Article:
Manual Caching and Automatic Caching for Programs - Page 2

 By Brien M. Posey
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The other major problem with caching programs is that not all programs can be cached successfully. For example, suppose your organization has a proprietary order-entry program that acts as a front end to a database. If a mobile user attempts to cache this program, she may or may not be able to do so successfully, depending on how many of the necessary databases and indexes she accesses. Another factor is how many other users are accessing the database while the mobile user is attempting to cache the database. If information in the database is constantly changing, then the databases and indexes may be out of sync with each other by the time the caching process completes. Likewise, if the user makes changes to the database while offline, Windows 2000 will attempt to synchronize those changes when the user reconnects. The synchronization will be unsuccessful, because Windows synchronizes offline changes at the file levelbut database synchronizations are usually performed at the record level, rather than at the file level.

Finally, there's the issue of size. Even if you could guarantee that no other users would touch the database from the time you began caching it to the time you reconnected to the network, there's a good chance that you wouldn't be able to cache the necessary databases because of their size. After all, you can't cache a 20 GB database on a laptop that only has a 10 GB hard disk space. As you can see, caching programs presents some serious problems. If possible, it's usually better to simply load a program locally onto a laptop's hard disk than to try to cache it.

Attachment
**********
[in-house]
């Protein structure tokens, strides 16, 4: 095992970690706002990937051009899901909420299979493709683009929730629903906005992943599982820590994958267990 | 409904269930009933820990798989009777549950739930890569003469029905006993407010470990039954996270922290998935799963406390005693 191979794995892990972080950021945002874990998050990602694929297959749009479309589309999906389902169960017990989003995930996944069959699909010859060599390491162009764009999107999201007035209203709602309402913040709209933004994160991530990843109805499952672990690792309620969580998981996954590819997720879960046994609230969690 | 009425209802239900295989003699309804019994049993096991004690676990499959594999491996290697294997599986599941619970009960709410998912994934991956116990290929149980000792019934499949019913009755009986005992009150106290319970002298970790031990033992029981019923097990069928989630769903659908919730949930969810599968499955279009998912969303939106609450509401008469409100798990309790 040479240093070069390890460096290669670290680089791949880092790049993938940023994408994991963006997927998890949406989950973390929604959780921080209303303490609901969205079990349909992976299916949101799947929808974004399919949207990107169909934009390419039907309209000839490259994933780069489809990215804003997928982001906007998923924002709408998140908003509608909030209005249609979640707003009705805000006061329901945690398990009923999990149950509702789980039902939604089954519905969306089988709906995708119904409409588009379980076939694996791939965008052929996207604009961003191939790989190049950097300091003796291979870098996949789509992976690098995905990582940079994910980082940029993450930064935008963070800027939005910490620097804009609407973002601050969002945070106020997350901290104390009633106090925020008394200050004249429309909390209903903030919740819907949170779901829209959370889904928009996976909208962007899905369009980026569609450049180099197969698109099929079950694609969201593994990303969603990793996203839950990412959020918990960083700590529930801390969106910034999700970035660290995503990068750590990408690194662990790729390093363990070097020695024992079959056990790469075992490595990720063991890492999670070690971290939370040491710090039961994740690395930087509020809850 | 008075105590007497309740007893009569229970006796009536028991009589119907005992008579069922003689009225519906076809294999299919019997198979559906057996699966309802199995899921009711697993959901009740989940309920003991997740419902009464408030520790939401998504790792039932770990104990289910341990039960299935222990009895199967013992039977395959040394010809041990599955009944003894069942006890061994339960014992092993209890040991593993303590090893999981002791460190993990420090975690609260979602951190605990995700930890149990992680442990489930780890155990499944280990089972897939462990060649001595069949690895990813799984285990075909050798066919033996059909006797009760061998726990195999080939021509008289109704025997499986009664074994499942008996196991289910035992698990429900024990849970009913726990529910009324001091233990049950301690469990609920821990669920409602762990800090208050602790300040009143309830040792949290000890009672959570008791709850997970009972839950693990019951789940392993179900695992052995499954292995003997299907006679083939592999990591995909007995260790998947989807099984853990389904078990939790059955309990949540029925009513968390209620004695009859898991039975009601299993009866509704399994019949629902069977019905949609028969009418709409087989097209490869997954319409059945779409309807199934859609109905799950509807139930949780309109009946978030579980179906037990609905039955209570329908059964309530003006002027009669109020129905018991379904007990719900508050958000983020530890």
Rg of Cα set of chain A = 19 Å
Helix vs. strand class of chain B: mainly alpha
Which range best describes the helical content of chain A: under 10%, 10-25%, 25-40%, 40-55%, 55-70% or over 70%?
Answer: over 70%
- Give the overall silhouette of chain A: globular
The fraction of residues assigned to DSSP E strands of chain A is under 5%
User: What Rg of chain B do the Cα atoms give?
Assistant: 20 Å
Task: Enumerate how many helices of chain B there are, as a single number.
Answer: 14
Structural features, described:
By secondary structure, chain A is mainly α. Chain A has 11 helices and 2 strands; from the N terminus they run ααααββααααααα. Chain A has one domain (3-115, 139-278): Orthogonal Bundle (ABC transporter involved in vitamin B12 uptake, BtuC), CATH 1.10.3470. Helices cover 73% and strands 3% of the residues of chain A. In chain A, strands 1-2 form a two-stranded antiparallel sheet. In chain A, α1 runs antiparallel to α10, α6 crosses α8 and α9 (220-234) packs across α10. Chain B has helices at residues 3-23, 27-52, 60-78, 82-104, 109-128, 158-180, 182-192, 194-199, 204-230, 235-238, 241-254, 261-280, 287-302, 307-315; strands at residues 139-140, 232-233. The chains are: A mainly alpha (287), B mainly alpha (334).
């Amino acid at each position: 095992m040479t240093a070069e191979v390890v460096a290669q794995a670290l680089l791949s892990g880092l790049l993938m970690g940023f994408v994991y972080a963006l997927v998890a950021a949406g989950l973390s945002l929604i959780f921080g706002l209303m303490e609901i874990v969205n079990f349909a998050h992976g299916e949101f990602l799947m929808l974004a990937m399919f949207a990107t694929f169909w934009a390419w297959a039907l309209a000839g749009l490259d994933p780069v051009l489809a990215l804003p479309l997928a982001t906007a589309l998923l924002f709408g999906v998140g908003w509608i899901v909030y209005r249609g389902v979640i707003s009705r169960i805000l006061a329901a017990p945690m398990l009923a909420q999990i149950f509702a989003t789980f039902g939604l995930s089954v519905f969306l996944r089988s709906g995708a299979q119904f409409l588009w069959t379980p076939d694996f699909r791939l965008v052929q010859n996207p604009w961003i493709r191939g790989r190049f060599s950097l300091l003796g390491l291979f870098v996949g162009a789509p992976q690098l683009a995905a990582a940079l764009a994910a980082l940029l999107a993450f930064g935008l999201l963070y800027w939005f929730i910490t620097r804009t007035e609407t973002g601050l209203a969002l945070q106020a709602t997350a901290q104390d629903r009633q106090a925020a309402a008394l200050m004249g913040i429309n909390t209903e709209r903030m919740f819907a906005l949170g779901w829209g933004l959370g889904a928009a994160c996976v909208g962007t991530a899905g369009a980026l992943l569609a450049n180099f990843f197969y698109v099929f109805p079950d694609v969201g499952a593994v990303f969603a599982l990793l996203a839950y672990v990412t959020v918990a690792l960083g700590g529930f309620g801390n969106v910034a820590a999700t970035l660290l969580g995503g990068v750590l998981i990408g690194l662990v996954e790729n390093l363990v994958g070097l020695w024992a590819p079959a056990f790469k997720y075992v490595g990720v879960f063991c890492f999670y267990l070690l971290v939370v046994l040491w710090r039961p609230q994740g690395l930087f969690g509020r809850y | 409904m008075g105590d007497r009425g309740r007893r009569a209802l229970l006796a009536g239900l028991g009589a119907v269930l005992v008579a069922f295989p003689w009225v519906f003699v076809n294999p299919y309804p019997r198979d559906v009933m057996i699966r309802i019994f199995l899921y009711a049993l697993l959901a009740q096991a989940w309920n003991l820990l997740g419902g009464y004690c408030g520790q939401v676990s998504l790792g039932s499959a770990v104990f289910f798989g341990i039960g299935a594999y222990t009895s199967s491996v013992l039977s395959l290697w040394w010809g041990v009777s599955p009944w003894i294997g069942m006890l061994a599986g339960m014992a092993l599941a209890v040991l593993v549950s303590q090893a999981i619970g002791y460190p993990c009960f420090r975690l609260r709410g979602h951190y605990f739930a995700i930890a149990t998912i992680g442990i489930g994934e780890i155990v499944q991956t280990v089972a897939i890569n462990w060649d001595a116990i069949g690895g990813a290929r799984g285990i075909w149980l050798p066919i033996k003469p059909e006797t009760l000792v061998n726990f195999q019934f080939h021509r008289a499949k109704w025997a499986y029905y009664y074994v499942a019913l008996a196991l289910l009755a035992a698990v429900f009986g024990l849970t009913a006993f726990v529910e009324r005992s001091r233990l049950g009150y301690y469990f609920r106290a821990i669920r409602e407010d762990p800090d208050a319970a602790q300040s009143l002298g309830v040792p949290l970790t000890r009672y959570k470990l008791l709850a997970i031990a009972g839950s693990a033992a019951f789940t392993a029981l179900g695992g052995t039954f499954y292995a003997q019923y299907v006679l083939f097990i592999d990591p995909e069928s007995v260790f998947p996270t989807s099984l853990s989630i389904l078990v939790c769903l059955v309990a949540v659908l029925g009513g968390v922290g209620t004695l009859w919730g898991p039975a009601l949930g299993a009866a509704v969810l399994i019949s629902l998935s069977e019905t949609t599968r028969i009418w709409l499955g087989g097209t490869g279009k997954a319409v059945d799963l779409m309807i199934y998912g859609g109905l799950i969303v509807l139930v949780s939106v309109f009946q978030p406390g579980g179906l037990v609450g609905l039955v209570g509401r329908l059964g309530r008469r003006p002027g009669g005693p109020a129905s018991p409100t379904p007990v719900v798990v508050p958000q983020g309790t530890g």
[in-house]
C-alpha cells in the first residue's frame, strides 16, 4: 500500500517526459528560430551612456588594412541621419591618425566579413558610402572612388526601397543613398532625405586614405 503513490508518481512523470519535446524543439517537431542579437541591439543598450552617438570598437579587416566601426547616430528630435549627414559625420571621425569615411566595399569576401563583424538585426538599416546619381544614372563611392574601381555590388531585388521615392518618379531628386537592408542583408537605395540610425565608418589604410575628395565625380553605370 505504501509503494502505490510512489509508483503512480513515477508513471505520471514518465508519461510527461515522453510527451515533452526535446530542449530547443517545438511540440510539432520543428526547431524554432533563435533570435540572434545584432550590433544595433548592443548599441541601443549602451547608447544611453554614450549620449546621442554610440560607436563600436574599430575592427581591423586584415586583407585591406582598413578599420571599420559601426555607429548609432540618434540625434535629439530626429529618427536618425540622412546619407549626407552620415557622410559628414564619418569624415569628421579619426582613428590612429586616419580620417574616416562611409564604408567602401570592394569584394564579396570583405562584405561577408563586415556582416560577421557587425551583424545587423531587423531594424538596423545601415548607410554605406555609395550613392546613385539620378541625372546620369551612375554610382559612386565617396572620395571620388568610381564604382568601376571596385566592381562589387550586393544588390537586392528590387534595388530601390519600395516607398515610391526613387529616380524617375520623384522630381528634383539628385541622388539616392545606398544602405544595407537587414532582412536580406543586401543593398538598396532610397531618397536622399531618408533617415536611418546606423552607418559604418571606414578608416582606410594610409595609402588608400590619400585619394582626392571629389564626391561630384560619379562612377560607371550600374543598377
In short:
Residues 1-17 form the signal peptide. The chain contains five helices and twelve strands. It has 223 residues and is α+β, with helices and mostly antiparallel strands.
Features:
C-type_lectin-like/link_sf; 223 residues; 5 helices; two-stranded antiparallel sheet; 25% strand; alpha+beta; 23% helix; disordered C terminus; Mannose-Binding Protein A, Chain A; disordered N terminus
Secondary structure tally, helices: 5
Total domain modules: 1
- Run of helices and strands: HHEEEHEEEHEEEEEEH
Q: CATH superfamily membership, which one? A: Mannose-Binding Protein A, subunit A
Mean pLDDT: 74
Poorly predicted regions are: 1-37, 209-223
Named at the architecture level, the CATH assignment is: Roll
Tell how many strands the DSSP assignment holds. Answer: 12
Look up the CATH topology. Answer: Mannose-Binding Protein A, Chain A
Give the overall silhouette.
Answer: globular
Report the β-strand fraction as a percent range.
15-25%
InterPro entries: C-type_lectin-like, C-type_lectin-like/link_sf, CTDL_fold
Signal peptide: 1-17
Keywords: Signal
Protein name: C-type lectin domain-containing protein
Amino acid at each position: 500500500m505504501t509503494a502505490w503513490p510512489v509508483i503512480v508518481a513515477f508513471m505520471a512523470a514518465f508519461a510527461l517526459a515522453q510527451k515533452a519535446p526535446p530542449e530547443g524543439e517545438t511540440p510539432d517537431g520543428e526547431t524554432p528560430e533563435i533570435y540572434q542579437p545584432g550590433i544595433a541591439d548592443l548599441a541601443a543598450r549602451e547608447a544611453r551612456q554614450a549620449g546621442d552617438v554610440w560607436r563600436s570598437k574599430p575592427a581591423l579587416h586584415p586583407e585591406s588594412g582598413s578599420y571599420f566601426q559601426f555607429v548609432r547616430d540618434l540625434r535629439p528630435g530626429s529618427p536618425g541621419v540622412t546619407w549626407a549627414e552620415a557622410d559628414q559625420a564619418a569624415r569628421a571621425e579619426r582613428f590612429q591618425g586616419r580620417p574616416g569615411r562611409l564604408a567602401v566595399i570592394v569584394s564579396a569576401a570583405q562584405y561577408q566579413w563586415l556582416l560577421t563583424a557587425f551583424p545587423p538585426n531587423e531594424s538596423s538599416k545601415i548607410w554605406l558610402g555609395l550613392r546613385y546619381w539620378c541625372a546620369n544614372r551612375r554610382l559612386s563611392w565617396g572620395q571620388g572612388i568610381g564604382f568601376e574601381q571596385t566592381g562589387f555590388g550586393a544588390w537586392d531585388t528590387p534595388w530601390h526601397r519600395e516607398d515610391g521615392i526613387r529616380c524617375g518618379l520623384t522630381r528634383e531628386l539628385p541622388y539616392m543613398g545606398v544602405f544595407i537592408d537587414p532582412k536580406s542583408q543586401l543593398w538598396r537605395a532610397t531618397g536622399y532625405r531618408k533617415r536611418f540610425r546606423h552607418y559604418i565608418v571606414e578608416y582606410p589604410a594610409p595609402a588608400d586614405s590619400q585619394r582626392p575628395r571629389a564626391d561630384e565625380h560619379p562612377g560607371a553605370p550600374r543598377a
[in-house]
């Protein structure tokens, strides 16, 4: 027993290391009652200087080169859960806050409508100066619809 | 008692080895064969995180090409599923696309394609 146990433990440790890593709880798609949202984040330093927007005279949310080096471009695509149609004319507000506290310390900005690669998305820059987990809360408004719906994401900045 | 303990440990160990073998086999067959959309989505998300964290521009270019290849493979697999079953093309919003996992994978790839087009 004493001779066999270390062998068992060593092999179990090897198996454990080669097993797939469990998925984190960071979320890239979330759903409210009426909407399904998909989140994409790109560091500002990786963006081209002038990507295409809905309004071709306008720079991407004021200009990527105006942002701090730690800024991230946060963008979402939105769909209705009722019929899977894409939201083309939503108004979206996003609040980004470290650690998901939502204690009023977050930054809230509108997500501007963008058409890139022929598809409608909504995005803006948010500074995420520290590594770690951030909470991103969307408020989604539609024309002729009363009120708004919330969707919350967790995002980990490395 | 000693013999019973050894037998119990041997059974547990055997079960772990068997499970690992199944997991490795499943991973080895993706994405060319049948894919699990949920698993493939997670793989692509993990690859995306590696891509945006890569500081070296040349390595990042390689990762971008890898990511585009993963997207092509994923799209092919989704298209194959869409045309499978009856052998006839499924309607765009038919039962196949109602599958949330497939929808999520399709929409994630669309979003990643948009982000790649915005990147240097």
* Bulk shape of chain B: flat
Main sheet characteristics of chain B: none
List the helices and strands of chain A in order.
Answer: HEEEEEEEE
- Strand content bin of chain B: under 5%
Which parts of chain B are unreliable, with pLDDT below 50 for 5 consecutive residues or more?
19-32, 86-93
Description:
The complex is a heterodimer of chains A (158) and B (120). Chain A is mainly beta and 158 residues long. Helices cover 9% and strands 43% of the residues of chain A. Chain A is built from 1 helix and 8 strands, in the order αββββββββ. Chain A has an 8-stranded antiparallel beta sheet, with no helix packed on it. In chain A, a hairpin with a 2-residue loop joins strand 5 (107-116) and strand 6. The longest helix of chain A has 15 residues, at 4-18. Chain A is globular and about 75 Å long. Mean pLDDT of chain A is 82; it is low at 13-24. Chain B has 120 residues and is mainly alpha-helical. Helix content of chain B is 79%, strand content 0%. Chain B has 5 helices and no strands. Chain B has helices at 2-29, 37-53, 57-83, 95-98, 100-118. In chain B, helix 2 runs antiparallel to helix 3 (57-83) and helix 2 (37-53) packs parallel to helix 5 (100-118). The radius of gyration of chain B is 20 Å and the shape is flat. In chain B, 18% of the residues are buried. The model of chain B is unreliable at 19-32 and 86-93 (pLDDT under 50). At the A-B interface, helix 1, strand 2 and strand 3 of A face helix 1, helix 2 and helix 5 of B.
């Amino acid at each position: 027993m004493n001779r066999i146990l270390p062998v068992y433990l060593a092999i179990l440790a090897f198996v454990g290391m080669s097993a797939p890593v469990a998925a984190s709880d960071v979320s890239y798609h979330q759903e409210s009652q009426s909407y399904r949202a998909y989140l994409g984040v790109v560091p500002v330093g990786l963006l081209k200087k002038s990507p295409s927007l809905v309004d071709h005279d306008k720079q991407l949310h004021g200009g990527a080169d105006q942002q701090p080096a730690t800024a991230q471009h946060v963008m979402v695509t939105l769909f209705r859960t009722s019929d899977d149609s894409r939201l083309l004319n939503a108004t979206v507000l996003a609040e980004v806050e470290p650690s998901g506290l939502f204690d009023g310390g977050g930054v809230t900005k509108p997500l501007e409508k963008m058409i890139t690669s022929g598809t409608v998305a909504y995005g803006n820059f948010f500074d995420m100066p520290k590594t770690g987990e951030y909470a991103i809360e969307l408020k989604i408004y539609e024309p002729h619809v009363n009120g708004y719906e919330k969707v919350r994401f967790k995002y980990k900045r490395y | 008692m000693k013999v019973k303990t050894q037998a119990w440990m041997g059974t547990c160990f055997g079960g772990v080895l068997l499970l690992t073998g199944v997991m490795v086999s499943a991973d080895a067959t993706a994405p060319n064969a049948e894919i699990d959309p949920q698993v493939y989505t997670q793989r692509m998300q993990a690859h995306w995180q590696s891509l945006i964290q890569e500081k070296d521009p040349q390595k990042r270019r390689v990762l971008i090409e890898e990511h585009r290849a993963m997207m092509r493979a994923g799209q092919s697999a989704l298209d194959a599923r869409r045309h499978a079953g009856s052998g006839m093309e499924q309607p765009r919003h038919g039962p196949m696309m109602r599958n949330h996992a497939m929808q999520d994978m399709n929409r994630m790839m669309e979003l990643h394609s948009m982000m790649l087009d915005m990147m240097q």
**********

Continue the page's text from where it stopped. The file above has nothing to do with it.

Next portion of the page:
As I've explained in this article, there are issues to consider when you attempt any type of caching. Now that you understand how caching works and what the issues involved are, I'll conclude the series in Part 3 by explaining how to enable caching. //

Brien M. Posey is an MCSE who works as a freelance writer. His past experience includes working as the director of information systems for a national chain of health care facilities and as a network engineer for the Department of Defense. Because of the extremely high volume of e-mail that Brien receives, it's impossible for him to respond to every message, although he does read them all.

This article was originally published on Dec 19, 2000
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